The Ju52 found off Rodos island, possibly identified as DR + UA, ditched on March 31, 1944

Aircraft wrecks, Interviews, WW2, WW2 in Greece, WW2 Wrecks

By Pierre Kosmidis

Photos and video: © Marinos Giourgas, published under license

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FOUND! A Ju 52 off Rodos island:

The discovery, the exploration and the unanswered questions

Mr. Marinos Giourgas B.Eng, M.Sc., DSAT Tec Trimix Instructor and a team of experienced scuba divers have tentatively identified the ill-fated Ju52 found off Rodos island, as the DR + UA ditched off Rodos island on March 31, 1944.


See a video of the Ju52:

After consulting with pilot D. Chaliasos, Mr. Marinos Giourgas said to

The wreck is in excellent condition considering its age and construction material.

The whole structure remains generally intact.

The leading edges of the wings and the wingtips show signs of damage that are consistent with impact in the water and the subsequent impact on the seabed.

The propeller tips of the left engine show no damage leading to the conclusion that the engine was not operating at the moment of the crash.

Engine no2 is detached and is laying 1.5-2 m off the nose of the aircraft.

Examination of the propeller could not be performed as it was buried in the silt.


The right engine shows damage consistent with the engine operating at the time of the crash.

The presence of both tyres and the landing gear struts under the aircraft leads us to the assumption that the landing gear did not collapse on ditching.

Damage from fishing nets is located mostly on the wingtips, the left wing and one of the horizontal stabilizers in the tail. Nets cover a large part of the fuselage and the cargo door.


The aircraft does not have combat or fire damage on the fuselage or engines so the possibility of enemy action is considered unlikely.

Also both MG15s were found intact on their positions and were not loaded with their magazines.

Although the interior was covered in silt no magazines or expended ammunition was observed. The cockpit is in excellent condition.


All cockpit instruments and equipment are clearly visible under the marine growth.

On further inspection the position of the thrust levers indicates an abnormal engine power setting with engine no2 being at idle and the other 2 at a high power setting.


The mixture levers are all at the same setting. Fuel pump lever position could not be confirmed. This can be attributed to an abnormal engine condition that required a reduction in power of only engine 2.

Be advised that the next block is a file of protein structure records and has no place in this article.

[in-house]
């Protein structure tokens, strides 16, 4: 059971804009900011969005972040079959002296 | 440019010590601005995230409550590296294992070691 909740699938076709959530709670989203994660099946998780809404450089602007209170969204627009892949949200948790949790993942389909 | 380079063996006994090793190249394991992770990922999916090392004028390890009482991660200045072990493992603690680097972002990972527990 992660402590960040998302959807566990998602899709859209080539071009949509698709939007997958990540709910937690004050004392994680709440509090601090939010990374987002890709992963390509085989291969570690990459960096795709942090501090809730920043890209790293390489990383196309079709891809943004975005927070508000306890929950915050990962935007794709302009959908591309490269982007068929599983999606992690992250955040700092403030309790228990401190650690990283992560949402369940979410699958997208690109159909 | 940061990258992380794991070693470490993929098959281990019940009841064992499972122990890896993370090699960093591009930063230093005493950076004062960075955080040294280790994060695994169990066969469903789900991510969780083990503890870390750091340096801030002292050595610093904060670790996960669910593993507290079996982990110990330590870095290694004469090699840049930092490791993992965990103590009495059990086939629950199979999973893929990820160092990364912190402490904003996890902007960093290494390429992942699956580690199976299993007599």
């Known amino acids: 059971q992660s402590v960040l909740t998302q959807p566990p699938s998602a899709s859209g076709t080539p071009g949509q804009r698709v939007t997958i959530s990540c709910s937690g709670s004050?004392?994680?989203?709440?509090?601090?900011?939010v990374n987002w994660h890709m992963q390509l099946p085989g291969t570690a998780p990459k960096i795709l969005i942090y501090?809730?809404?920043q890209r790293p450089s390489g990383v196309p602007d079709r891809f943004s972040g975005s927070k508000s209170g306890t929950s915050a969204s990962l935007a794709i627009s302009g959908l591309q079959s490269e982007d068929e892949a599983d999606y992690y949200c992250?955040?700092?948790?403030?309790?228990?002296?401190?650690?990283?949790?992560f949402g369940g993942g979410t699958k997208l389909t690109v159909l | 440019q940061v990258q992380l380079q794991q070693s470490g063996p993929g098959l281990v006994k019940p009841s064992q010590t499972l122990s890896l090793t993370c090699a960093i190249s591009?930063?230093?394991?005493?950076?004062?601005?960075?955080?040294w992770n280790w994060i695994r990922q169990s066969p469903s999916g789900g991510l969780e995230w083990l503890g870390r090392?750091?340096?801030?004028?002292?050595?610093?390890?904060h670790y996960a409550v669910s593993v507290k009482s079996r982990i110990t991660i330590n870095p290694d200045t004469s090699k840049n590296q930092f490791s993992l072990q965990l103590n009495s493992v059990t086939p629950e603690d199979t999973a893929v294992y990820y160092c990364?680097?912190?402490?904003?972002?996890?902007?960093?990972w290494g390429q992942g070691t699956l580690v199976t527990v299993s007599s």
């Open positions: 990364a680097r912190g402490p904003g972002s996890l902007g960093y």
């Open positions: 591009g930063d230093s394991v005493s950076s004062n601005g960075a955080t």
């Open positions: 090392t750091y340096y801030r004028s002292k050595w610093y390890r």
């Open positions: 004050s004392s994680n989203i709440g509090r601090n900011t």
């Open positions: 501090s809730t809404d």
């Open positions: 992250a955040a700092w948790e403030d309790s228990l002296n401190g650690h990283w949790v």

Engine no2 (middle engine) was supplying critical functions of the aircraft like electrical and was never put into idle on purpose during the flight except in abnormal conditions.


The absence of combat damage ,the power setting observed at the cockpit and the condition of the engines and forward section of the aircraft lead to the following 2 hypotheses.

The aircraft suffered an abnormal engine condition during its mission that required the selection of idle power and or shutdown of the middle engine and upon returning to Gadurra reaching the airfield was impossible and the aircraft ditched in close proximity to it.

The aircraft departed Gadurra and had engine difficulties after departure with at least the middle engine being affected and failing to return to Gadurra ditched in the sea near the airport.


Any additional reasons that could have affected the aircraft and made returning to Gadurra impossible cannot be confirmed at this time.

This mission was of particular importance to the Aegeantec team as it was the first organized mission exclusively with closed circuit rebreathers on the island of Rodos and the challenge was particularly great, as there is no CCR-friendly diving center on the island, able to support this type of technical diving. Therefore, all the necessary equipment, materials and related gases had to come from Athens.


Our project was a success, as the participants, who were experienced divers with thousands of hours of diving each in different parts of the world, expressed their satisfaction for the perfect organization despite the challenging logistics.

The goal of our team was to find out whether it is possible to organize missions to places far from our base, which is located on the coast of Athens and to offer high quality services undertaking entirely all aspects of the project.


The smiles on the faces of all those who participated in the diving mission of Aegeantec in Rodos proved that we offered unique experiences and unforgettable moments always guided not only by the safety of our divers but also by the respect for the underwater cultural heritage of our country.